In 2014, Anheuser-Busch ran a contest on Facebook in which consumers were invited to submit photos of themselves “acting natural.” The contest rules stated that entrants could only submit their original works, and that the photos could not infringe anyone else’s copyrights, privacy rights, publicity rights, or other rights. Moreover, the rules stated that entrants granted Anheuser-Busch a broad license to use their photos in any media. After the contest ended, the company started using some of the photos on materials for its “Every Natty Has a Story” campaign, including coasters and posters that were distributed in bars.

So far, this story is fairly typical, and could represent any number of contests that are run in the US every year. What makes this story different, though, is that the owner of one of the photos Anheuser-Busch used filed a lawsuit against the company for copyright infringement, invasion of privacy, and violation of her right of publicity. Kayla Kraft argues that she owns the copyrights to a photo of her drinking beer while wearing a fake mustache that Anheuser-Busch used in its campaign, and that the company used the photo without her consent. She is seeking unspecified damages.

It’s difficult to piece together what may have happened. According to press reports, Anheuser-Busch says that Kraft’s picture was submitted as a contest entry. The company hasn’t answered the complaint yet, though, and the complaint doesn’t specifically mention the contest, so we don’t have a lot of details. Obviously, the case is going to turn on facts that we don’t have, including who submitted the picture. But although it’s too early to draw clear lessons from the case, the suit still highlights some important issues related to the use of user-generated content (otherwise known as “UGC”).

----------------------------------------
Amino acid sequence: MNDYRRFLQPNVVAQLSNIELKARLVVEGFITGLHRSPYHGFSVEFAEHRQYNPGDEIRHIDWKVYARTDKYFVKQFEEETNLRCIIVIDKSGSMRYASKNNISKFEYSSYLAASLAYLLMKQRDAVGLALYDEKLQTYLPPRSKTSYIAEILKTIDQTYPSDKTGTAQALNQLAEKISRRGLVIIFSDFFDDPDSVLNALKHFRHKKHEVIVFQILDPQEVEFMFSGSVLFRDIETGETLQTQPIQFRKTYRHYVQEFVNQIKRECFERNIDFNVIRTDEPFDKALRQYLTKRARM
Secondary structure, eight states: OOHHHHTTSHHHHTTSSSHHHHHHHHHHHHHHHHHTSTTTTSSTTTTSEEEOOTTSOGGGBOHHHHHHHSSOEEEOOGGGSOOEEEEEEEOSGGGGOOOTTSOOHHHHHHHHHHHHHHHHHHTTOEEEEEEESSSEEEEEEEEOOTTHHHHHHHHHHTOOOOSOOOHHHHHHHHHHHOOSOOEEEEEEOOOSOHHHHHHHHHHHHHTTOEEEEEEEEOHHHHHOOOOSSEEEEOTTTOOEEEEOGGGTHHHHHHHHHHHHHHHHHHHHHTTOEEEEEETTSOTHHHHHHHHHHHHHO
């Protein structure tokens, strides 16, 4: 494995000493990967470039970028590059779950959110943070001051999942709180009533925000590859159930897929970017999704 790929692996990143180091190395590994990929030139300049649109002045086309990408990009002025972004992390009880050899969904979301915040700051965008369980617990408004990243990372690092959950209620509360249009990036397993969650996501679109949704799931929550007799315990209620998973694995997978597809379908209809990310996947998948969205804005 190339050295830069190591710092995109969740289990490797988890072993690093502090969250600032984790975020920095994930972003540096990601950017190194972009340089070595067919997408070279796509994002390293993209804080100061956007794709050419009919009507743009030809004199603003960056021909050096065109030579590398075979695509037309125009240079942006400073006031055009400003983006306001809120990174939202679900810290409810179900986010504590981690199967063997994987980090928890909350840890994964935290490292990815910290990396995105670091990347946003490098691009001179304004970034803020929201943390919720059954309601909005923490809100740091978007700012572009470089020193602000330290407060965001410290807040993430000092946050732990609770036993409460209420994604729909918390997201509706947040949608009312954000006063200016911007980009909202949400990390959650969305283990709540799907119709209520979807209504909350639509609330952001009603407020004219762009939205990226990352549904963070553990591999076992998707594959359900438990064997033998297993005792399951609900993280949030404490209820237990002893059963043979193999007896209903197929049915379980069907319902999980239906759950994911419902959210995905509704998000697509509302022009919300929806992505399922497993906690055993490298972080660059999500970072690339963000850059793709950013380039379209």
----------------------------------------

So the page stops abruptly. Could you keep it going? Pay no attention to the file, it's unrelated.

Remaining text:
Companies can – and should – put provisions in rules that (among other things) tell people what they can and can’t submit, specify what rights the company has to submissions, and release the company from any liability. Keep in mind, though, that not everyone will read the rules, and that submitters may not even have the authority to grant the necessary rights. There are some things companies can do to address these risk. For example, it might make sense to highlight key provisions outside of the rules. And although you may be able to rely on online releases for some things, there are instances – such as when you want to use content offline – in which an offline written release make more sense.

Almost every campaign that includes UGC involves a careful balancing of risks. Because a “perfect” solution may be cumbersome in many cases, most companies will accept some level of uncertainty. But lawsuits like this serve as good reminders of what can go wrong.